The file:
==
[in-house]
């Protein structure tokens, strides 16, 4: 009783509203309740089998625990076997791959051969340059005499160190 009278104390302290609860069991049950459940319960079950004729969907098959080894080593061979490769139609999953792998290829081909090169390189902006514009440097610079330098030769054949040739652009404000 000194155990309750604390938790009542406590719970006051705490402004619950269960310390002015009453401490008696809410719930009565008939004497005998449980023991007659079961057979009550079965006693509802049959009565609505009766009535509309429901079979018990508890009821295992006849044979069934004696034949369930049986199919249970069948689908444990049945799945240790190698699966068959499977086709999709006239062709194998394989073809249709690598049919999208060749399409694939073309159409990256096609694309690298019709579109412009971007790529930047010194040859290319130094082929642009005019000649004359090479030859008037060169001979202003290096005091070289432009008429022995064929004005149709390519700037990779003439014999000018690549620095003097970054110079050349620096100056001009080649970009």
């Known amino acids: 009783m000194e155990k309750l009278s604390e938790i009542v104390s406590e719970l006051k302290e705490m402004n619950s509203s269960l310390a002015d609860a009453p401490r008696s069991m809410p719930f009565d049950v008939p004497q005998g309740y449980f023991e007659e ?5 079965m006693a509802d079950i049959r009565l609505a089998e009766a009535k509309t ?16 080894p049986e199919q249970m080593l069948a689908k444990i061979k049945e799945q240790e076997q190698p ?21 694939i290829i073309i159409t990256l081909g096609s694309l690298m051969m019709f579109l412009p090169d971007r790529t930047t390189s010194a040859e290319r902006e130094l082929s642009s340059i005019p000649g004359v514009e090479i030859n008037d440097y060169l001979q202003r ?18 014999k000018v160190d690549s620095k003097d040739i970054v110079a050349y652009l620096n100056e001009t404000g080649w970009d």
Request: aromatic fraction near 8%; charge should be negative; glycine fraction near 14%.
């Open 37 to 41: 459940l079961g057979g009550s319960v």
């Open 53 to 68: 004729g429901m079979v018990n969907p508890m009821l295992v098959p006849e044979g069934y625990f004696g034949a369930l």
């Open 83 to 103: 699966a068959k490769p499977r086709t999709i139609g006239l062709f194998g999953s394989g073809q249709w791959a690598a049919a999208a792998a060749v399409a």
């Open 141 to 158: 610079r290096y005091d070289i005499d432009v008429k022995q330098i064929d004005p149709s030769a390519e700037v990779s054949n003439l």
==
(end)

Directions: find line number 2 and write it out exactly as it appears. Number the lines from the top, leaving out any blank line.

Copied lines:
């Protein structure tokens, strides 16, 4: 009783509203309740089998625990076997791959051969340059005499160190 009278104390302290609860069991049950459940319960079950004729969907098959080894080593061979490769139609999953792998290829081909090169390189902006514009440097610079330098030769054949040739652009404000 000194155990309750604390938790009542406590719970006051705490402004619950269960310390002015009453401490008696809410719930009565008939004497005998449980023991007659079961057979009550079965006693509802049959009565609505009766009535509309429901079979018990508890009821295992006849044979069934004696034949369930049986199919249970069948689908444990049945799945240790190698699966068959499977086709999709006239062709194998394989073809249709690598049919999208060749399409694939073309159409990256096609694309690298019709579109412009971007790529930047010194040859290319130094082929642009005019000649004359090479030859008037060169001979202003290096005091070289432009008429022995064929004005149709390519700037990779003439014999000018690549620095003097970054110079050349620096100056001009080649970009």